I understand his frustration. It sucks to be undermined like that. Here's the thing though: All films, even really really really wonderfully written ones, get other writers added. Sometimes more than two, sometimes close to a dozen.

You won't see these other writers on the credits at the beginning of the movie though. The ones you see on the big screen had spent a great deal of time and had a good percentage of their writing in the final shooting script (which changes each day of production). It also helps to have a really good agent who negotiated a bunch of guaranteed steps (more on that in a later post).

It is very surprising how much or how little these "extra" writers actually do. Sometimes they are brought in for a day of punch-ups where they sit and discuss dialogue that could be better or jokes that could be funnier. Sometimes they are given the task of revisions and they spend a week or so reworking the script.

Then there are the extreme cases - the kind that Mr. Edwards is describing on his blog. In those cases, the studio doesn't like the direction the writer has taken the property at all and wants a page one rewrite. This happens far more often than you would think, but it doesn't mean the previous writer did a bad job or is a terrible writer. All it means is the executives had an idea of where they wanted it to go and the writer delivered a different take than what they wanted.

Sometimes it can be nasty though: the executive hated it, the executive owes someone a favor, the writer offends the executive, the writer tells the company he's going to write one way but then changes directions. Any number of reasons why the studio or production company would
toss the writer and get a new one. I'm hoping that's not what Mr. Edwards did. From what he said on his blog, this probably wasn't the case, but he should watch out with what he says. He could easily get kicked off this project if the Weinsteins aren't happy with him.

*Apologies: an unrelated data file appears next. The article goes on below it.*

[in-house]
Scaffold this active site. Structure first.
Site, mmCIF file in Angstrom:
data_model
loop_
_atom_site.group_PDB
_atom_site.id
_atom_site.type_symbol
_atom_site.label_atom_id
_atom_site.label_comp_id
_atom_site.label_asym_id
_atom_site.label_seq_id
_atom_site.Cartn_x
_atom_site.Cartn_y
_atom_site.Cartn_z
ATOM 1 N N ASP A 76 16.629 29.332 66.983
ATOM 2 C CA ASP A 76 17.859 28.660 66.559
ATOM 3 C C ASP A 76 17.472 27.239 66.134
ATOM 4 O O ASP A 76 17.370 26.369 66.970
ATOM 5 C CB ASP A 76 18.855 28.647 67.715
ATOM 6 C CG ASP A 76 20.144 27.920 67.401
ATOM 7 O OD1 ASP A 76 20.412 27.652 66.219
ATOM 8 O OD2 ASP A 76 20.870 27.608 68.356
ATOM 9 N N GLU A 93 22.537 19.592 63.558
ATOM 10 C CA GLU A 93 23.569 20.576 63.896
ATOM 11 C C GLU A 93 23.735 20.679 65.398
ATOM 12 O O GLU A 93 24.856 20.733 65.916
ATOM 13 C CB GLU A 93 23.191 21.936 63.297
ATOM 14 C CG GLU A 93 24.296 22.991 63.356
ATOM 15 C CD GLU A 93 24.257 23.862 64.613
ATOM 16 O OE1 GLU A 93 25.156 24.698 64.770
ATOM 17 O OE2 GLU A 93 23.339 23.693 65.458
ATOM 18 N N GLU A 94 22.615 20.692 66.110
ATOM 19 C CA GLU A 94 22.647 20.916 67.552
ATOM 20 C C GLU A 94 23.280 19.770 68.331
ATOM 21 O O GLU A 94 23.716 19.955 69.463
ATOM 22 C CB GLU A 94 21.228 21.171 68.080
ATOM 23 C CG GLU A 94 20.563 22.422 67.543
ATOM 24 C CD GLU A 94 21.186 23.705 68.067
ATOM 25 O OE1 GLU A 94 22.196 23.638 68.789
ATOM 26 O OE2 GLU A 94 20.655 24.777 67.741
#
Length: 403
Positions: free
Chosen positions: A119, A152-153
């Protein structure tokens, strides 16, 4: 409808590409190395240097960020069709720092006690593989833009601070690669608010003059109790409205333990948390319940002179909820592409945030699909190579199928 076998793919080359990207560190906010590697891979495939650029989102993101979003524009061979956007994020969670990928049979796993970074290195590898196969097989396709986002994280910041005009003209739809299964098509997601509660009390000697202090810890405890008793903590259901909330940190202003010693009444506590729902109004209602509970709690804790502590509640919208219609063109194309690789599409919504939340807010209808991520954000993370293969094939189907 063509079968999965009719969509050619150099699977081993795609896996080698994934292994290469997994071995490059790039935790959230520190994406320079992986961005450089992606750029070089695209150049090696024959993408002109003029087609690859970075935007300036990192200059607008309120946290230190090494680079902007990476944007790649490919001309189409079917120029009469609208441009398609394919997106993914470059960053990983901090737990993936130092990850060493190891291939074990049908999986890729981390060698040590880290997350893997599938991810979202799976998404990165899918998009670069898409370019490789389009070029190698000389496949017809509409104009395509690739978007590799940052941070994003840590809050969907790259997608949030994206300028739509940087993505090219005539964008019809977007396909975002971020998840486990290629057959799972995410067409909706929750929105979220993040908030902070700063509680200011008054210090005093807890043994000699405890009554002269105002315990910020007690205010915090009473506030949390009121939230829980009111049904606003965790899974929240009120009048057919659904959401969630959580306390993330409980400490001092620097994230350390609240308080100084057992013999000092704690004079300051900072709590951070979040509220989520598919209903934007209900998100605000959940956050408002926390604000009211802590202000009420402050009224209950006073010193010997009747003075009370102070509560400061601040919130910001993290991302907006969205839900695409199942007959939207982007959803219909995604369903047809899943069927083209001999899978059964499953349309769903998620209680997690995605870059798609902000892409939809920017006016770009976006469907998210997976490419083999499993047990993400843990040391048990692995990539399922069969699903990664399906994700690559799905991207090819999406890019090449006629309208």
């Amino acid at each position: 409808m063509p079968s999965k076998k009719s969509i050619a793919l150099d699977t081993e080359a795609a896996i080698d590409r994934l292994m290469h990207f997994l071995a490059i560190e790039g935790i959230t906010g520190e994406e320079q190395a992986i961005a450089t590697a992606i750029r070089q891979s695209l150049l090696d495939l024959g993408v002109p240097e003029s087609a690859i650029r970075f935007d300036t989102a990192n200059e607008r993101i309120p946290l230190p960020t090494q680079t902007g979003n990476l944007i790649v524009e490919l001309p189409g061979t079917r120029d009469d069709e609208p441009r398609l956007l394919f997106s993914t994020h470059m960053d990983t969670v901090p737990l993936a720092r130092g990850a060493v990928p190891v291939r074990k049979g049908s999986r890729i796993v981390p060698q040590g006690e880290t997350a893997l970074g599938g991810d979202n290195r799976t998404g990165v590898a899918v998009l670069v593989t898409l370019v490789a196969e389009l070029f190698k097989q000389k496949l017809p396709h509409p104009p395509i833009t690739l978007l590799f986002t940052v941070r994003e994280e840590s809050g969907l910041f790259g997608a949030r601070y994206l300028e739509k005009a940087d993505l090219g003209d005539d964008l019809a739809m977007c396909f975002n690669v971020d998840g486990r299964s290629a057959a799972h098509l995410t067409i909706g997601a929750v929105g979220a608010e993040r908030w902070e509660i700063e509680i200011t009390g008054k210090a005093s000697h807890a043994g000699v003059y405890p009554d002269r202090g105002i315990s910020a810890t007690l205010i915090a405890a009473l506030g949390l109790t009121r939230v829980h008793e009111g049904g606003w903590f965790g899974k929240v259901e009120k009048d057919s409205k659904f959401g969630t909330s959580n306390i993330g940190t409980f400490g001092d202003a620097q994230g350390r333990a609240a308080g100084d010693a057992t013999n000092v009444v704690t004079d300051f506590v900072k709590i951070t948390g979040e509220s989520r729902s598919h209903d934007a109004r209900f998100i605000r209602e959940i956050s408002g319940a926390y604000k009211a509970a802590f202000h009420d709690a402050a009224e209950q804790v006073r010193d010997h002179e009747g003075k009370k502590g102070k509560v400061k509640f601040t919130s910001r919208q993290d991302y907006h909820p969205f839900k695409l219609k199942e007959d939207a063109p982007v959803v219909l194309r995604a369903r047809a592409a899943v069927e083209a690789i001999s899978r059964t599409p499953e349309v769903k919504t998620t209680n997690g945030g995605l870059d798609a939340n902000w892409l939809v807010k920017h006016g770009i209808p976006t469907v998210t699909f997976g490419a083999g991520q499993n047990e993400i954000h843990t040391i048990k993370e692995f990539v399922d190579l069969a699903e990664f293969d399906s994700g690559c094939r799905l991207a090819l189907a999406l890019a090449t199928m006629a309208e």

'Memba when Megan Fox said something nasty about Transformers and Michael Bay?

Hope it was worth it!

Tuesday, June 15, 2010

A Season of Giving, and Not Giving

Last month I witnessed one of the most terrifying and harrowing spectacles ever:

Let me explain what this means:

Staffing Season is the time of year when each Studio and Network decides what pilot scripts they want to put into production. Then after several gut-wrenching weeks of production and philandering - they decide which shows they would like to put on the air.

So here's where we come in. The agency looks over all the scripts of the upcoming shows and decides what material of our clients we would like to submit to the Studio Executives, the Network Executives and the Showrunners (basically the director of the show) for their consideration in hiring our clients to work on the show.

This means a lot of reading.

And then there's the fun part - the selling. For weeks all the agents can think about is how to sell our clients for each show. This can be a bit aggravating - especially when there is no forthcoming information from the powers that be.

What results is about a month and a half of non-stop stress and aggravation. And you know what they say - "The $#!% rolls downhill." Yup, that means us assistants.

From what I experienced, the worst part of all was the very fragile tensions that could easily be set off by a whisper. For good reason, when something was mistyped or done wrong or not followed-up on - the thunder was brought down upon me and life became a bit heavy.